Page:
"Either the consensus of the world's climate experts that climate change is causing a very clear increase in many types of weather extremes is wrong, or a couple of nuclear physics dudes in Italy are wrong."
It was an AFP 'fact-check' attack, published soon after the Daily Sceptic article, that brought other activist scientists into the campaign to retract the offending science paper. It was part-written by Marlowe Hood, whom regular readers will recall was recently given about £88,000 by the Foundation arm of a large Spanish bank heavily involved in financing green technologies. One of the experts quoted by AFP was Dr. Freiderike Otto, who works in the pseudoscience field trying to 'attribute' single weather events to long-term changes in the climate using computer models. She is helped in this work by funding from the green billionaire investor Jeremy Grantham.

Otto said:
"The authors of the report were 'of course' not writing their paper in good faith. If the journal cares about science they should withdraw it loudly and publicly, saying that it should never have been published."
Another scientist calling for the work to be cancelled was Stefan Rahmstorf, head of Earth Systems at the Potsdam Institute for Climate Impact Research. He told AFP that he did not know of the Springer journal, "but if it is a self-respecting one it should withdraw the article".

The leaked Pielke emails provide a fascinating insight into the way Springer Nature dealt with the issue over the last year. At first there was concern that Alimonti et al. only referenced the work of the IPCC's fifth assessment report, although it was pointed out that when the paper was originally submitted the IPCC sixth assessment had not been published. It was suggested an 'erratum' should be compiled. Professor Alimonti took the understandable view that an 'addendum' was more appropriate.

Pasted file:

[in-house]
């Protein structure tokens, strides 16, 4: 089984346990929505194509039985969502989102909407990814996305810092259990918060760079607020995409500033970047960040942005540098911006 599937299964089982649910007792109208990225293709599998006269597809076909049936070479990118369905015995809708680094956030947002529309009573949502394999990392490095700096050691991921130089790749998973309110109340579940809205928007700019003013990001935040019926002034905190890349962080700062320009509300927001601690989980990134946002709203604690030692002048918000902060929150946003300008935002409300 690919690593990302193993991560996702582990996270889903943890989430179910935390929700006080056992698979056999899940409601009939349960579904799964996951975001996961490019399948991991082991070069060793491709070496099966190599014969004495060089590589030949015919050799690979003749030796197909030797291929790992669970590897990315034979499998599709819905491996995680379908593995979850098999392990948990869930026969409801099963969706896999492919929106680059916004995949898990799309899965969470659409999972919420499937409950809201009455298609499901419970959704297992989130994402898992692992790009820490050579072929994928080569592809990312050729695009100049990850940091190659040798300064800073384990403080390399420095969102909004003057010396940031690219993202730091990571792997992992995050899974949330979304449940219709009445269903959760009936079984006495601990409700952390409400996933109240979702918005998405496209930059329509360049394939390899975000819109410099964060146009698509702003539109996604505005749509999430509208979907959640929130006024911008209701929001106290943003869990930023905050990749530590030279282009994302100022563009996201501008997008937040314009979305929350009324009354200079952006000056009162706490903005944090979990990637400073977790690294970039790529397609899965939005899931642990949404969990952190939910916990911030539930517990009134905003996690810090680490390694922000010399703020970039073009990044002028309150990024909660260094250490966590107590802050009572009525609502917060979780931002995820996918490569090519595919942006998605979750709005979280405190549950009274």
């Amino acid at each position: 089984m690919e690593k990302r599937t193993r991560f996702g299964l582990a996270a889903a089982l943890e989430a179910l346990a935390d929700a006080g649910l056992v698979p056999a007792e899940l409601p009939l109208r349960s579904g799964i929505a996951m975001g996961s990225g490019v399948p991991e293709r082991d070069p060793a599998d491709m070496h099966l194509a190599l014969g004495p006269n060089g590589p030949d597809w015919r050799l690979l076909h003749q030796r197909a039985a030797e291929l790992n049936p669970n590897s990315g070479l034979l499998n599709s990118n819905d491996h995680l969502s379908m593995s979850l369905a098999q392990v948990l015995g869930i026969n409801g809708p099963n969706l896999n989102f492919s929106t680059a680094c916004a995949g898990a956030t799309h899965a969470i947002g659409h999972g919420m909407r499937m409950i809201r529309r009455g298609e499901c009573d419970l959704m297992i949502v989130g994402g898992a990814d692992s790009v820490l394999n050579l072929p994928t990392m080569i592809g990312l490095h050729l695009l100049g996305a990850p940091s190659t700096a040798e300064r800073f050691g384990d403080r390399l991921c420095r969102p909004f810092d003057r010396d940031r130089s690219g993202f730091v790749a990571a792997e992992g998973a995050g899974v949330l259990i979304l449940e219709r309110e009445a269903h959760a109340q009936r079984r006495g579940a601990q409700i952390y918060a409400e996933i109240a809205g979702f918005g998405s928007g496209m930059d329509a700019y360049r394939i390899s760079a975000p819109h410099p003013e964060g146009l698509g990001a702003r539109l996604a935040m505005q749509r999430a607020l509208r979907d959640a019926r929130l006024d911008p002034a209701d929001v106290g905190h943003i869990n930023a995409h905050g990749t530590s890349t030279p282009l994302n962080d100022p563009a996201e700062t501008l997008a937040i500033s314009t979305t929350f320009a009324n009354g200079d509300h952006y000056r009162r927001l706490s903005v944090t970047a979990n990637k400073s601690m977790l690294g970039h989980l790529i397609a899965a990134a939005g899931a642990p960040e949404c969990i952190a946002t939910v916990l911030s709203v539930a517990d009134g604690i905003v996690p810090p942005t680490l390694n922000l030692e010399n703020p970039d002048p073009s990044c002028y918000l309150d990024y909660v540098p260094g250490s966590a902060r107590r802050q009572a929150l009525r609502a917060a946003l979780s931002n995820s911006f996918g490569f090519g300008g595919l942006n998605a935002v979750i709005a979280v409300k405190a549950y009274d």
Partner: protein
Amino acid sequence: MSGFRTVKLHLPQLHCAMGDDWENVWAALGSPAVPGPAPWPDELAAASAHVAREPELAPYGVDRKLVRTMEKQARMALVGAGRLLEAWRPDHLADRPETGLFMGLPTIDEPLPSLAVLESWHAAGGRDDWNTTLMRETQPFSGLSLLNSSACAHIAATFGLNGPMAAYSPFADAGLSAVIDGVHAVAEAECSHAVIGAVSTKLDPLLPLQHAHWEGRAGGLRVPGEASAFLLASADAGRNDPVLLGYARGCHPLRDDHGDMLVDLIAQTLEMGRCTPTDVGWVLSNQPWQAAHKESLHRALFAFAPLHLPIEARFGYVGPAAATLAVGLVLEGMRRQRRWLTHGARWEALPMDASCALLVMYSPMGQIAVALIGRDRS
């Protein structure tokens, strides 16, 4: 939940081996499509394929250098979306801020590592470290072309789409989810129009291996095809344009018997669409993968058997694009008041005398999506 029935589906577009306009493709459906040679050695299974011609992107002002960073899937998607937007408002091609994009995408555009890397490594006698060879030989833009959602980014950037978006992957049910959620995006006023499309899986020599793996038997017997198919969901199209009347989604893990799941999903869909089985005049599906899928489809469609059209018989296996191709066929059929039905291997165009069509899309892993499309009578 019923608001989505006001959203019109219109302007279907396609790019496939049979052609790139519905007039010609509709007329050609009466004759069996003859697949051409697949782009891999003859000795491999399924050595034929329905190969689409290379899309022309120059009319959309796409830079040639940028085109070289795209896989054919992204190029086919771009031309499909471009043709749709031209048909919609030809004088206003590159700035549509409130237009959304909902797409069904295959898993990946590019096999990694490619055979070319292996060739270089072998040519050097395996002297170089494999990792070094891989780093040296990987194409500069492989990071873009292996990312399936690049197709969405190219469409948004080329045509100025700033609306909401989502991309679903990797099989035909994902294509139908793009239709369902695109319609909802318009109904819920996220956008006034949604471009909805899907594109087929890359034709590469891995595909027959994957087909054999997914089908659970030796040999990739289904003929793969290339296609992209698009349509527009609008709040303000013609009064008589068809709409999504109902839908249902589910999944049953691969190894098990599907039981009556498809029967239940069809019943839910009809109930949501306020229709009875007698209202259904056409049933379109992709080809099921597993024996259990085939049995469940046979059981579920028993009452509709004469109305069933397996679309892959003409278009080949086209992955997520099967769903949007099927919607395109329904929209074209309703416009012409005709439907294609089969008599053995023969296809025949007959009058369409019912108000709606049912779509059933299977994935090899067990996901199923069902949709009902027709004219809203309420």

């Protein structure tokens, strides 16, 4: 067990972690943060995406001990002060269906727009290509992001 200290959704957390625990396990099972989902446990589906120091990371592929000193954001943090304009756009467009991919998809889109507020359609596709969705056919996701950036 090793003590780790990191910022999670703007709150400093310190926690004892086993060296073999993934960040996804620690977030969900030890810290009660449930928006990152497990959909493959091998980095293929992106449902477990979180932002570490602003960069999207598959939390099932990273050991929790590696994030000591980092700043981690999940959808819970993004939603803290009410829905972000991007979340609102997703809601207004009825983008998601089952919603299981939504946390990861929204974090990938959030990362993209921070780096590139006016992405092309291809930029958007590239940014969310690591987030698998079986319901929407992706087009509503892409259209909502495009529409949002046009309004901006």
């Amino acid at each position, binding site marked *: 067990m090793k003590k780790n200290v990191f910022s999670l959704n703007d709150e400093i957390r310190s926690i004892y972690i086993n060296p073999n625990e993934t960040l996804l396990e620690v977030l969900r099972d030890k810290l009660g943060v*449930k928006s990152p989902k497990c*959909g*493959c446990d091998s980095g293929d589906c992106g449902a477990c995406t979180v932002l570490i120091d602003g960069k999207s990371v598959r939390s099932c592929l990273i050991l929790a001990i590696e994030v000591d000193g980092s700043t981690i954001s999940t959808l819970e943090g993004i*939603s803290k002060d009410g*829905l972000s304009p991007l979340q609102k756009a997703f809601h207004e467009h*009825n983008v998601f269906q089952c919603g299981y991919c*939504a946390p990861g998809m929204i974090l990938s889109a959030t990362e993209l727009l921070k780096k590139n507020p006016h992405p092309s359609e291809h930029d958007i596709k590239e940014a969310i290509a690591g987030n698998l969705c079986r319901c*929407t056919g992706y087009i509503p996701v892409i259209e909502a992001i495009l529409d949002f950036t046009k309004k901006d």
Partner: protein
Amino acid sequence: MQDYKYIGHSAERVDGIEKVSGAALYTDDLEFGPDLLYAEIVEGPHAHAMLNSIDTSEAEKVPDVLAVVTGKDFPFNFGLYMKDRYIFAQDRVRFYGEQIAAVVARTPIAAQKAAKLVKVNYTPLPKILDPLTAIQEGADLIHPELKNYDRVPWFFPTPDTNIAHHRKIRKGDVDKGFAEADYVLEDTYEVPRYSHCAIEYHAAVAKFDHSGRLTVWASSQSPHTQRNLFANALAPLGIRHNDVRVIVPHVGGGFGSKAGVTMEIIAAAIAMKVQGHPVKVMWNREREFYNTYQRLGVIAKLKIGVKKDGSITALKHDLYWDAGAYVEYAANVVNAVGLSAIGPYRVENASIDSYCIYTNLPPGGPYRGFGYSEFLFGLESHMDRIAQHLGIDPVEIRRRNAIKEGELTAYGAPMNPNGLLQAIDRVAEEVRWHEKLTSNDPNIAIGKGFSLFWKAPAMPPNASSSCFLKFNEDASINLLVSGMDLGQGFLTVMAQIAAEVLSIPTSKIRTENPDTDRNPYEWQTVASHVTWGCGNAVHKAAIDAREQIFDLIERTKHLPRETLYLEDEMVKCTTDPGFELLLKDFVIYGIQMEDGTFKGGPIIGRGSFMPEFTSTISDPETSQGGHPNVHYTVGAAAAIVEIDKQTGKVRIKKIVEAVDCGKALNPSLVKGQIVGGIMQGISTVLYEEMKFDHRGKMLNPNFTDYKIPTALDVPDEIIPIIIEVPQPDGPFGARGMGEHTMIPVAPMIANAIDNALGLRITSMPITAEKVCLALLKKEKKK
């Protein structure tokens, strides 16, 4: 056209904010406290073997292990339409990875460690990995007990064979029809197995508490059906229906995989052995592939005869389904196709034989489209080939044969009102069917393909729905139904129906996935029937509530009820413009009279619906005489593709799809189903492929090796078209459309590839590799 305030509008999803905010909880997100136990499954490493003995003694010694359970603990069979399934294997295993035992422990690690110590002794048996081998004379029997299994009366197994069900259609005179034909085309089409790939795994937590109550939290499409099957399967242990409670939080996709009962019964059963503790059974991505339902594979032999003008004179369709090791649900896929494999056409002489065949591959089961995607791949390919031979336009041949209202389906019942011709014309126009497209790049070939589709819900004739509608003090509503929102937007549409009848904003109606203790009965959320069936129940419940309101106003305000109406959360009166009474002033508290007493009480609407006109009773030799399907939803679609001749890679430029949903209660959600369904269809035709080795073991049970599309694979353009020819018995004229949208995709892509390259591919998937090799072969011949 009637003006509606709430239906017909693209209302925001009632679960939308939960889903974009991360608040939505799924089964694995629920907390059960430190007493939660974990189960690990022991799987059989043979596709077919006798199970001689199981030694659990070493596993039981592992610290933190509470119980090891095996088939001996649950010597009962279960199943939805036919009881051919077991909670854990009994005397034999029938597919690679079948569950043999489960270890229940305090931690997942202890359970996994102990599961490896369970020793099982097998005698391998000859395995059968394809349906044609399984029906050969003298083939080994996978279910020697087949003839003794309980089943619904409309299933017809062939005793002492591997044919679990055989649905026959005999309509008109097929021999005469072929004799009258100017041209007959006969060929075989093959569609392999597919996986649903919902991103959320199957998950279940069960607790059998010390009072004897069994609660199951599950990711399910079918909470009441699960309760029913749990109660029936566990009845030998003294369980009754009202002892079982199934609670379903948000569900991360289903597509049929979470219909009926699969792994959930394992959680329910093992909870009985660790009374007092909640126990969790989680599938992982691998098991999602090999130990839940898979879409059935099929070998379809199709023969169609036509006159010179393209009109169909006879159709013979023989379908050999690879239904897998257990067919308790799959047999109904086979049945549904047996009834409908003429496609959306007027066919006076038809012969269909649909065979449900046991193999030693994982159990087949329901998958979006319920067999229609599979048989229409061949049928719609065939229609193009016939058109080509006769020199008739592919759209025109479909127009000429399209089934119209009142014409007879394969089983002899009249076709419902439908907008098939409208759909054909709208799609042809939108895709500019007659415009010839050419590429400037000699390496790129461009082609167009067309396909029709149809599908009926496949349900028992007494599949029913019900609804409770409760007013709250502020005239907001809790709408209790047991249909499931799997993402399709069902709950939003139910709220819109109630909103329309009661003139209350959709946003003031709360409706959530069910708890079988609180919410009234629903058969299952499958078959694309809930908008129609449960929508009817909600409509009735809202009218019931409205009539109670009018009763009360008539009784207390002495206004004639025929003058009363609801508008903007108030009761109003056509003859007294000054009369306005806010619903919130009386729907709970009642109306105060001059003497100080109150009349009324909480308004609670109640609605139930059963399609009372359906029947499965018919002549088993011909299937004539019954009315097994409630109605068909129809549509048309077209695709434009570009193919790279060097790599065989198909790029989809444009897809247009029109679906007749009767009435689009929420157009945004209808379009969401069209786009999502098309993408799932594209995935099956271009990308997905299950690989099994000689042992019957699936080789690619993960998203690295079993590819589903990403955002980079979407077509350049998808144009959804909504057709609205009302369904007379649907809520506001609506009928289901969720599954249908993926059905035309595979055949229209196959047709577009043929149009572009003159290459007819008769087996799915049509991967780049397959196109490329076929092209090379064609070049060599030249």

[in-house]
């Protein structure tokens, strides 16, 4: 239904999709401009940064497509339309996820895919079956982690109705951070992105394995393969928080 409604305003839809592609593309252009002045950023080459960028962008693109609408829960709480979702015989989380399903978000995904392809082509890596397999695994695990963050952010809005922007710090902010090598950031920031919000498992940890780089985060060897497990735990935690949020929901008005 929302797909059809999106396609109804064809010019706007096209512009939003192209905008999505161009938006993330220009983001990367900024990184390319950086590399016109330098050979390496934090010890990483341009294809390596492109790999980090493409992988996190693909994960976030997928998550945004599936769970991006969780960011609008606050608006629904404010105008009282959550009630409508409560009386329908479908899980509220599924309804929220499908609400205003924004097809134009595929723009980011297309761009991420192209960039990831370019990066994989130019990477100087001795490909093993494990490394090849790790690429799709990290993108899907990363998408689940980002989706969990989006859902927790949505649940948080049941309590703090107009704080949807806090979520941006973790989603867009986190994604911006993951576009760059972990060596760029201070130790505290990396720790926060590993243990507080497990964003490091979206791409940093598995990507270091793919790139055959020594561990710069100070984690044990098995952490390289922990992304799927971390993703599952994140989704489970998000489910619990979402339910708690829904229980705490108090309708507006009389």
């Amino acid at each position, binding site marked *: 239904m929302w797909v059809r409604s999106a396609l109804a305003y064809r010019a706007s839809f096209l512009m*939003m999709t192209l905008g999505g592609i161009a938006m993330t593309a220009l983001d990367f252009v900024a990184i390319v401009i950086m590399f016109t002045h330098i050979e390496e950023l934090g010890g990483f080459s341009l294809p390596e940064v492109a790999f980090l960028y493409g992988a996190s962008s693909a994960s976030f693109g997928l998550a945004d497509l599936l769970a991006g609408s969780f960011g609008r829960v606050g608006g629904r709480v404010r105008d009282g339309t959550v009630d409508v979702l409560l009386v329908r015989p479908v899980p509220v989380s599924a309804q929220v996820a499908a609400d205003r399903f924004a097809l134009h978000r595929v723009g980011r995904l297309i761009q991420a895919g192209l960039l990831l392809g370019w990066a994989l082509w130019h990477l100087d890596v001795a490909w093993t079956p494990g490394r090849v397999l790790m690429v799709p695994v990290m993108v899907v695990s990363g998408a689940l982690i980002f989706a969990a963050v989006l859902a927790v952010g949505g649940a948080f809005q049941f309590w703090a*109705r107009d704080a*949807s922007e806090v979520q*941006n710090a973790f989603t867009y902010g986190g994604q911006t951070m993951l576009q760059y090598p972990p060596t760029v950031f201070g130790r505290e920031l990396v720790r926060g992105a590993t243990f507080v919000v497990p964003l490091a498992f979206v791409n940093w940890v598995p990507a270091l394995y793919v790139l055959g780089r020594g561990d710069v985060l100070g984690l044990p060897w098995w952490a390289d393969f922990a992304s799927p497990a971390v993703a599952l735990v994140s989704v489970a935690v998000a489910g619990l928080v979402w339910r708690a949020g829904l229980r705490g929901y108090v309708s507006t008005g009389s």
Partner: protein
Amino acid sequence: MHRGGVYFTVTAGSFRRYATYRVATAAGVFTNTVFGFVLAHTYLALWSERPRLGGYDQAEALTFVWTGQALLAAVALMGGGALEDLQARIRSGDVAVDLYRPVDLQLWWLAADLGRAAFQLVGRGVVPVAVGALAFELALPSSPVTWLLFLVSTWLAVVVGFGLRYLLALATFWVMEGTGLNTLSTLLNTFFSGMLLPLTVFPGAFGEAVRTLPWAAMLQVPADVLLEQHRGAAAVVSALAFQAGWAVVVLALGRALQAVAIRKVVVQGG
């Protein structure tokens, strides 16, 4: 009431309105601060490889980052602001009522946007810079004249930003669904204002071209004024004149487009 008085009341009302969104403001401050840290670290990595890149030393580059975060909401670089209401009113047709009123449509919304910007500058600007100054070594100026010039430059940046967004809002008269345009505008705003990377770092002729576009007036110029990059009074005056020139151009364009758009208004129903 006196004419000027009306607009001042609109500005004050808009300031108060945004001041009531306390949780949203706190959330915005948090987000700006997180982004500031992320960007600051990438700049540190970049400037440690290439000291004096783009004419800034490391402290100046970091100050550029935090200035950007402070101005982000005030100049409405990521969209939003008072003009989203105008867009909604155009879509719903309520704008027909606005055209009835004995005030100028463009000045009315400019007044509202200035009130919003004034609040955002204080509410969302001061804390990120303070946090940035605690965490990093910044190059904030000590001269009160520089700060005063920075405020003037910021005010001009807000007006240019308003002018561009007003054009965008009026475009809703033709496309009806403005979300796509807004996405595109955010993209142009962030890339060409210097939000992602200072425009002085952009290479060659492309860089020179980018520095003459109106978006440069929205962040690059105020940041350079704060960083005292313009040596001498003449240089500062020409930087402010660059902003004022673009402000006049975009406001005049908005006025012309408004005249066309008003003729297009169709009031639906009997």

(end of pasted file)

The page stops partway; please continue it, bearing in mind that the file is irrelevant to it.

The addenda were prepared and then sent out for review to four people and an adjudicator. Three reviewers recommended publication and one was against. The adjudicator was then reported to have sided with the minority view. One of the reviewers recommended acceptance by noting:
"The statements made by the authors are generally in agreement with the assessment produced by the working group 1 of the IPCC on their Sixth Assessment Report."
Another reviewer wrote:
"The original article is a straightforward recitation of credible, key data about several types of extreme weather events. I find nothing selective, biased or misleading in what they present. While there's hardly anything written that isn't well known to experts, it's useful for non-experts to see the underlying data, which are most often obscure in the IPCC reports."
But all to no avail. The adjudicator agreed with the one dissenting voice that the addendum did not meet the "scientific standards" that would allow for publication. "Furthermore, I recommend retraction of the original manuscript." The article was subsequently retracted, although a new version has been republished here.

Dr. Pielke's conclusions are damning:
"The abuse of the peer-reviewed process documented here is remarkable, and stands as a warning that climate science is as deeply politicised as ever with scientists willing to exert influence on the publication process both out in the open, and behind the scenes."